Its really not fair

Students General Students


How come it takes 3-4 years to earn a 2 year degree (ADN) and 5-6years for a BSN. I know there is a lot of pre-reqs and the waiting list takes forever, but I know so many people that are already graduating with their degrees.

Also, when I tell people that I have another 3 years to go, they just look at me like "what is taking you soooo long" or "its just nursing school, why so long?" GGGGRRRRRRR!!!!! And on top of that, nurses get a bad rep. People need to realize that the hospital employes more nurses than doctors. No nurses= no hospitals.


656 Posts

It takes so long because you NEED to learn everything they have to teach.

Yes, you get a 2 year degree after a MINIMUM of 3 years. It is going to take me 5 years.

And yet, I WANT to nurse. Who cares what people think? Who cares what degree? You should only care about a quality education and passing your RN so you can go on to LEARN NURSING AS AN RN. The NCLEX is the minimum nursing requirement -- you will be learning EVERY DAY as a nurse once you have your RN.

A DEGREE MEANS nothing WITHOUT PASSING THE NCLEX. Go to school 5 years and fail the boards, you have a worthless degree. Period. After that, you will have an internship within the unit you are hired on. Nursing school doesn't teach you everything, not even close! And after you get that degree, pass the boards, and become an RN you will learn everything you thought you knew.

If you are worried about how long it takes in school, or how "unfair" it is, perhaps you should step back and see if you want to be in a field where learning occurs continuously. That is what California demands of its nurses, a minimum amount of CEU's to maintain your license. Don't worry about how long, worry about QUALITY of education. You will need it, or a very good malpractice insurer -- this is California!!!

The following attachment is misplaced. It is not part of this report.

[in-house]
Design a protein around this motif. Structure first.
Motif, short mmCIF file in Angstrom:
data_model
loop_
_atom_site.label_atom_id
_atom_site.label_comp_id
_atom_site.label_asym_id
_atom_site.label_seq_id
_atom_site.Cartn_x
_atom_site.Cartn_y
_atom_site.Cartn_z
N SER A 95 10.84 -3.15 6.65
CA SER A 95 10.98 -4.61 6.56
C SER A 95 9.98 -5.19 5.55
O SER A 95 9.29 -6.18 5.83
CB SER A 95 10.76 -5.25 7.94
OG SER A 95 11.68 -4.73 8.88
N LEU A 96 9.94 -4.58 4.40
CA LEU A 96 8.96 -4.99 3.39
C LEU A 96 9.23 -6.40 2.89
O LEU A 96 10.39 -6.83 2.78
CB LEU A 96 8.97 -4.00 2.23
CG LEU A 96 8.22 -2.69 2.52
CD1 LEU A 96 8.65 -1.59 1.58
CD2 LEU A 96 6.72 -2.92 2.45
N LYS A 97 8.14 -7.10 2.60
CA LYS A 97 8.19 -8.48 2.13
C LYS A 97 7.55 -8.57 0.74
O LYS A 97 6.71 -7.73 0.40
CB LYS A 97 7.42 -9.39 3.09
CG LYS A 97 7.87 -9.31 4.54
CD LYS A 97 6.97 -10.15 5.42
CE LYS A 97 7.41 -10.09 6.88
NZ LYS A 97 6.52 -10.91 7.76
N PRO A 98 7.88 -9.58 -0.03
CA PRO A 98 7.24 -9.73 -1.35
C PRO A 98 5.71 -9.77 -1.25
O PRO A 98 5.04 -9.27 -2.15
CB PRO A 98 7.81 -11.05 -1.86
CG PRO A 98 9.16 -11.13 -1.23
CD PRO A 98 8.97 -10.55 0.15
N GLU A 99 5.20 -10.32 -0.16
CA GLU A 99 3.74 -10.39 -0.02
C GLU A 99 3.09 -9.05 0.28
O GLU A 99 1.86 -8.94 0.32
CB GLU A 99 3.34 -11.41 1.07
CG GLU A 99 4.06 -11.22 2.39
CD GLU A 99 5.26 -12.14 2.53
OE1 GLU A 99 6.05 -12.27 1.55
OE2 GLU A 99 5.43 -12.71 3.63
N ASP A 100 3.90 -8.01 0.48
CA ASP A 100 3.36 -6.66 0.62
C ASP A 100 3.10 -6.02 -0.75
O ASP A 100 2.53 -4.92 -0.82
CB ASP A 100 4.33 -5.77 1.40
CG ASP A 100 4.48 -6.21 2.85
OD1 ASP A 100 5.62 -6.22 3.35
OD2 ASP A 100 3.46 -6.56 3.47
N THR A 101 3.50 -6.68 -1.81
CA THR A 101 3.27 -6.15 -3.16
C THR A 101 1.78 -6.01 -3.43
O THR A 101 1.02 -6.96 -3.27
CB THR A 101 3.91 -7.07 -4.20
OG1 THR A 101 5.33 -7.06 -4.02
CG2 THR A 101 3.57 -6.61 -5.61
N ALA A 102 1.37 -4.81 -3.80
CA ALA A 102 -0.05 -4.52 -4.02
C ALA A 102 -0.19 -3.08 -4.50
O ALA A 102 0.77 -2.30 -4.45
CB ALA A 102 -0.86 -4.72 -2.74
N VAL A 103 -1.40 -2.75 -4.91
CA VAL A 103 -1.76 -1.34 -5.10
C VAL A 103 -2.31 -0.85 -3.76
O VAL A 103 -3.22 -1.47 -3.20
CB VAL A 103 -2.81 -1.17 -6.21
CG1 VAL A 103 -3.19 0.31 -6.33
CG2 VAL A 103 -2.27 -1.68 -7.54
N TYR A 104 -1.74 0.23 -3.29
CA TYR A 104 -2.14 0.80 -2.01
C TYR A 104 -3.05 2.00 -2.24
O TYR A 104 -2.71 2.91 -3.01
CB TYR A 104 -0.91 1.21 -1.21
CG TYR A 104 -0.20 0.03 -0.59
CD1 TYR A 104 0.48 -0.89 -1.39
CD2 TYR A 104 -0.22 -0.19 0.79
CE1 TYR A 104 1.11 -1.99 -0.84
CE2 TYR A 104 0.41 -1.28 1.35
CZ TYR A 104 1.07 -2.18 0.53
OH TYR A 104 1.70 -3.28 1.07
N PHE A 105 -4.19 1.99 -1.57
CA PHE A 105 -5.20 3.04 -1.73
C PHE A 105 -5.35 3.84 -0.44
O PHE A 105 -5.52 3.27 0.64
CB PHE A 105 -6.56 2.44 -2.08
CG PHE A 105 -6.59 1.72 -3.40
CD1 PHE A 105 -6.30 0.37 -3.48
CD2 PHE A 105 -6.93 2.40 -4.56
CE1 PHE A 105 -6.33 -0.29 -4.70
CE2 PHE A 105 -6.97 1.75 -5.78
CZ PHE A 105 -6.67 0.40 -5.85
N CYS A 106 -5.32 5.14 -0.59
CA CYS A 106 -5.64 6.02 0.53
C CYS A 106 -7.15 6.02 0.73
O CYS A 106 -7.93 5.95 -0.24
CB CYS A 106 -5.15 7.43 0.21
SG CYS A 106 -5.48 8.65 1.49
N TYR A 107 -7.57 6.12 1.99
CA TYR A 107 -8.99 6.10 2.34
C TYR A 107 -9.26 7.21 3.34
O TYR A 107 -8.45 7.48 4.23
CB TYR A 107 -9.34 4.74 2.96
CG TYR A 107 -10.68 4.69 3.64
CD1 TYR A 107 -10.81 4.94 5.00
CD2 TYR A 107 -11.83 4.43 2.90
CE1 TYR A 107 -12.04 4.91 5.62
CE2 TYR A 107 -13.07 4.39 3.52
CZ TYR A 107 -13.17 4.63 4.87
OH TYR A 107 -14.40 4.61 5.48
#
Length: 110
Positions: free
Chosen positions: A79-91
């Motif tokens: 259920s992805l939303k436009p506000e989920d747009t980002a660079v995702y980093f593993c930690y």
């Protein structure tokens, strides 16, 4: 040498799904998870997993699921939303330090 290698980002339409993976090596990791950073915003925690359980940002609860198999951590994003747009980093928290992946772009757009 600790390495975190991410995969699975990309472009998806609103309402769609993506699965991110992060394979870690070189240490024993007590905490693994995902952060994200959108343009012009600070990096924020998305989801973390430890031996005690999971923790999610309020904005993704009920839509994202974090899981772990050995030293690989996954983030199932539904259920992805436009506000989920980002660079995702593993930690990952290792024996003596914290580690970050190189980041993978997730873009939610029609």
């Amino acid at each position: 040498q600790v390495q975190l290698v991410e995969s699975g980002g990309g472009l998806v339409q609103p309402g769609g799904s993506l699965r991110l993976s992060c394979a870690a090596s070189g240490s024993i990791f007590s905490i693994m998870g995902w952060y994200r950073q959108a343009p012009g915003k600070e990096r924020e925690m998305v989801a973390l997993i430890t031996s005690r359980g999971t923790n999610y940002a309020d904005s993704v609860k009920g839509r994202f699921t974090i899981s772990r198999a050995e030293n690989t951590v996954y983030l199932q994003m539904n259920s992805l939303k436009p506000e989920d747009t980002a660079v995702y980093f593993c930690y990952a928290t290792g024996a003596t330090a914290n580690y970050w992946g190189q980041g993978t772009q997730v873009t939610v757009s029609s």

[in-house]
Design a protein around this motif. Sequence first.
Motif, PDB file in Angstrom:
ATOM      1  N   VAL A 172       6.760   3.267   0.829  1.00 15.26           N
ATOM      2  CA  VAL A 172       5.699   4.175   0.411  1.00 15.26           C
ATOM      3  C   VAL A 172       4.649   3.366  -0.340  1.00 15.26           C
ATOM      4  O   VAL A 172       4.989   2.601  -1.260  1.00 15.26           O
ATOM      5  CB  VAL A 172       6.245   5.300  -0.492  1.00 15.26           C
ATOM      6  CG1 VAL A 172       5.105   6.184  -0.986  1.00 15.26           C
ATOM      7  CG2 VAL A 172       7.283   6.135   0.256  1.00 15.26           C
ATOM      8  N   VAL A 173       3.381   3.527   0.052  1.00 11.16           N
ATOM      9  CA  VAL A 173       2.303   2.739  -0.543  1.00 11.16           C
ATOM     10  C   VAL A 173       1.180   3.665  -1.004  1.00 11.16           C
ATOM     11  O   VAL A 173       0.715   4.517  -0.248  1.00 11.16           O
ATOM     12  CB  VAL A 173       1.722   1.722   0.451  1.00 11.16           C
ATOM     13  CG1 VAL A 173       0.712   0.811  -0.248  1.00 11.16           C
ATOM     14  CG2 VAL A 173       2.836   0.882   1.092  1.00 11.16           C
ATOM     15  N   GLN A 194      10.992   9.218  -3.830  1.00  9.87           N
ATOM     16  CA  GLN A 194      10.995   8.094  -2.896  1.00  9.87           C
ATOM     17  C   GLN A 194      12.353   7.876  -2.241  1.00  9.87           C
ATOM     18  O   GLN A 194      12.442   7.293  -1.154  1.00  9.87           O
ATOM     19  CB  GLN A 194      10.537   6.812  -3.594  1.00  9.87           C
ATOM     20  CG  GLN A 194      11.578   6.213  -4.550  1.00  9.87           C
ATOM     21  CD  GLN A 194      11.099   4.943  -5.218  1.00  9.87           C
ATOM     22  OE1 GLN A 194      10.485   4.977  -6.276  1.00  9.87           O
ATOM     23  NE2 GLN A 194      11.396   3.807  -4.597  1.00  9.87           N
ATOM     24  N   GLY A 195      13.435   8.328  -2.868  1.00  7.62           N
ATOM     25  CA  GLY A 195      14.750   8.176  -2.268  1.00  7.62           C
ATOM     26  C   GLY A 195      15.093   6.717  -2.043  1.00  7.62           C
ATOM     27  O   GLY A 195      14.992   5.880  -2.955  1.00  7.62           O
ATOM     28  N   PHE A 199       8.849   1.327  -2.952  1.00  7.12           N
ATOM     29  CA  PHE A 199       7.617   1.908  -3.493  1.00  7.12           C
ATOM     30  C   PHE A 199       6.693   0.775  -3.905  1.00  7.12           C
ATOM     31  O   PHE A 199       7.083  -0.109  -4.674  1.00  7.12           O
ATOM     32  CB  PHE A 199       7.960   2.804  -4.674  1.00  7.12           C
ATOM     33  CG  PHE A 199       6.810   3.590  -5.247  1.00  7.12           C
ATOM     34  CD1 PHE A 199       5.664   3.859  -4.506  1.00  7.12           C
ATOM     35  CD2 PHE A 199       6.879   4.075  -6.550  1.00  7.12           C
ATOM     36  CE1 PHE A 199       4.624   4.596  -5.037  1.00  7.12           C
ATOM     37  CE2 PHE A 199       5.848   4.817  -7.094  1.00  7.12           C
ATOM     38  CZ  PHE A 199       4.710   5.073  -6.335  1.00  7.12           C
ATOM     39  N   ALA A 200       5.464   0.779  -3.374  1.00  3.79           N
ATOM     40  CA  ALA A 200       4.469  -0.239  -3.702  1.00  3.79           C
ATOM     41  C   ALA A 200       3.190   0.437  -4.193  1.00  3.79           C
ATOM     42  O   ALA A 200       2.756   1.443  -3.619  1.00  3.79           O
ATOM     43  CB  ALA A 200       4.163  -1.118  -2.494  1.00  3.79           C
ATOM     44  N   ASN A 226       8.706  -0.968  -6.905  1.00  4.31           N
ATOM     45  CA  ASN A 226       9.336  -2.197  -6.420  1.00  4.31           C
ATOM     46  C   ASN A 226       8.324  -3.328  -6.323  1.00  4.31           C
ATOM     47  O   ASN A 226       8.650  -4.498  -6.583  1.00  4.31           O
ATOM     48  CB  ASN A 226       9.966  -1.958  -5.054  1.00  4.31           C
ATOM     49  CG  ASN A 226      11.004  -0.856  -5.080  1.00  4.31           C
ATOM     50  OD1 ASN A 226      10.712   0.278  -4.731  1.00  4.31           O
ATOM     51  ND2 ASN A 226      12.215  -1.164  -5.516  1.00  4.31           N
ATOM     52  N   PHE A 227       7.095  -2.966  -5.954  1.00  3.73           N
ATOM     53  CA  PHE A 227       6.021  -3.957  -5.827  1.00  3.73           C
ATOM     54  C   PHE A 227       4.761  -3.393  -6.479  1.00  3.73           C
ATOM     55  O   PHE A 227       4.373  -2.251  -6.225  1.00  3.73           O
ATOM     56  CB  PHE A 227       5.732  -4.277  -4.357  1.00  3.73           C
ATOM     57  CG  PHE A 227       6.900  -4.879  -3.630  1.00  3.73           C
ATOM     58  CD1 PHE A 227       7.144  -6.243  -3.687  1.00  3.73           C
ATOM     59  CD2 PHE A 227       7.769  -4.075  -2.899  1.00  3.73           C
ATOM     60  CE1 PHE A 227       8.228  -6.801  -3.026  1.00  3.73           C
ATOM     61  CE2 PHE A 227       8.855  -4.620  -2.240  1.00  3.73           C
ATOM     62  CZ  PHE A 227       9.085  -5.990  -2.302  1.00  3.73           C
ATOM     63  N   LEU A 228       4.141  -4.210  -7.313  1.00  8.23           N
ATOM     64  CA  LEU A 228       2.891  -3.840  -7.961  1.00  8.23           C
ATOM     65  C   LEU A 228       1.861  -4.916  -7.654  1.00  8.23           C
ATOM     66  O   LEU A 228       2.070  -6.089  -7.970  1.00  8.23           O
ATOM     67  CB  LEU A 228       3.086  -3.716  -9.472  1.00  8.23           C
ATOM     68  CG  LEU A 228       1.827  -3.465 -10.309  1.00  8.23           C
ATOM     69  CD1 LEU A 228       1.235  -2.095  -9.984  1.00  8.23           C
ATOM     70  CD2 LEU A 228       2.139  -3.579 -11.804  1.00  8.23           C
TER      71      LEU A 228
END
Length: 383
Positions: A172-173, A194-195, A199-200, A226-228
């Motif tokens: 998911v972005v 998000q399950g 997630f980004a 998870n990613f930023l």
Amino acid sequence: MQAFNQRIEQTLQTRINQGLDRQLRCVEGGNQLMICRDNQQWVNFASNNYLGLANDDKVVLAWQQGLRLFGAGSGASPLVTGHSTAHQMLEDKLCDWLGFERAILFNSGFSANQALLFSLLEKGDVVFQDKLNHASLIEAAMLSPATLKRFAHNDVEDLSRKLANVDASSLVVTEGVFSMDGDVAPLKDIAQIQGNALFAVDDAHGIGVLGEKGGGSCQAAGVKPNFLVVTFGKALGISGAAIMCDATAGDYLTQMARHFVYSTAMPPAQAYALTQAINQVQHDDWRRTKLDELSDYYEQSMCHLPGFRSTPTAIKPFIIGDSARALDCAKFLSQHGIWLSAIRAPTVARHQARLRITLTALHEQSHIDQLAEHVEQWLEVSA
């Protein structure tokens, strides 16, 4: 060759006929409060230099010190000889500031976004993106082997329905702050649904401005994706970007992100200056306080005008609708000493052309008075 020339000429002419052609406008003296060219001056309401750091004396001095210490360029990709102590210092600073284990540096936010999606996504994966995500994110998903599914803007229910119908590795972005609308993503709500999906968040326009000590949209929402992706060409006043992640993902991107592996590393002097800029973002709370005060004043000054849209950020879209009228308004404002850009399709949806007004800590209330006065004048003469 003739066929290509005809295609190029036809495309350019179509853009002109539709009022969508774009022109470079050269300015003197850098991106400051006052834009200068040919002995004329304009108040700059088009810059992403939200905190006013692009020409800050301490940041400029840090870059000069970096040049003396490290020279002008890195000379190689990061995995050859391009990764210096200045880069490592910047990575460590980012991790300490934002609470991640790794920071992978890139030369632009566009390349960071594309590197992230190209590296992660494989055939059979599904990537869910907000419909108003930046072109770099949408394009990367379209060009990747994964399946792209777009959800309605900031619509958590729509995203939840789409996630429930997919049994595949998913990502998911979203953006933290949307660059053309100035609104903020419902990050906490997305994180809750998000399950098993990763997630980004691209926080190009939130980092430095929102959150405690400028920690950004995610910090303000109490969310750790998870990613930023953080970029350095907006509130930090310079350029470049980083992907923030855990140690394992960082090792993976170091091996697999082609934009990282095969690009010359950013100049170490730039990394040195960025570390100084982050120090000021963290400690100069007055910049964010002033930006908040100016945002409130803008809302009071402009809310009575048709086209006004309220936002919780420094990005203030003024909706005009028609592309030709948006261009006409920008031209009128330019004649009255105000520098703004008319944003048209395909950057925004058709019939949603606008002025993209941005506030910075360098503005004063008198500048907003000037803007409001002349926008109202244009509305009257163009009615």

322 Posts

It is fustrating that it takes a long time. I just applied to the associate's program and if I get in, it would of taken me 3.5 years total to complete.

You said it yourself, there are more pre-reqs and then the wait to apply to get in. When you say you know of others graduating, what exactly are you comparing to? Bachelor's? Associates? Most Applied Science associates programs do take more than two years like radiology and dental hygiene (these programs are just as competitive as nursing at my school).

Just be patient and taking it one day at a time. If you really want it you'll eventually get there.


303 Posts

3-4 years? I'm assuming you mean counting prerequisites, right? At my school, once you begin the actual courses, it takes 2 years. I'd be graduating in 2005. The BSN, also with prerequisites out of the way, takes two as well.


88 Posts

My BSN is going to take EXACTLY four years... I started Jan 02 (with not one college class behind me) and I will graduate Dec. 06... I took summer classes for 2 summers and I never have taken more than 14 units at a time. (8 in the summer)

PennyLane, RN

1,193 Posts

It would have taken me longer to get an ADN than a BSN. I took 4 pre-reqs over two semesters, and will finish my accelerated BSN next December. The ADN I was looking at is harder to get into and had more pre-reqs like Speech and Creative Writing and tons of other stuff that I never took (nor want to take!)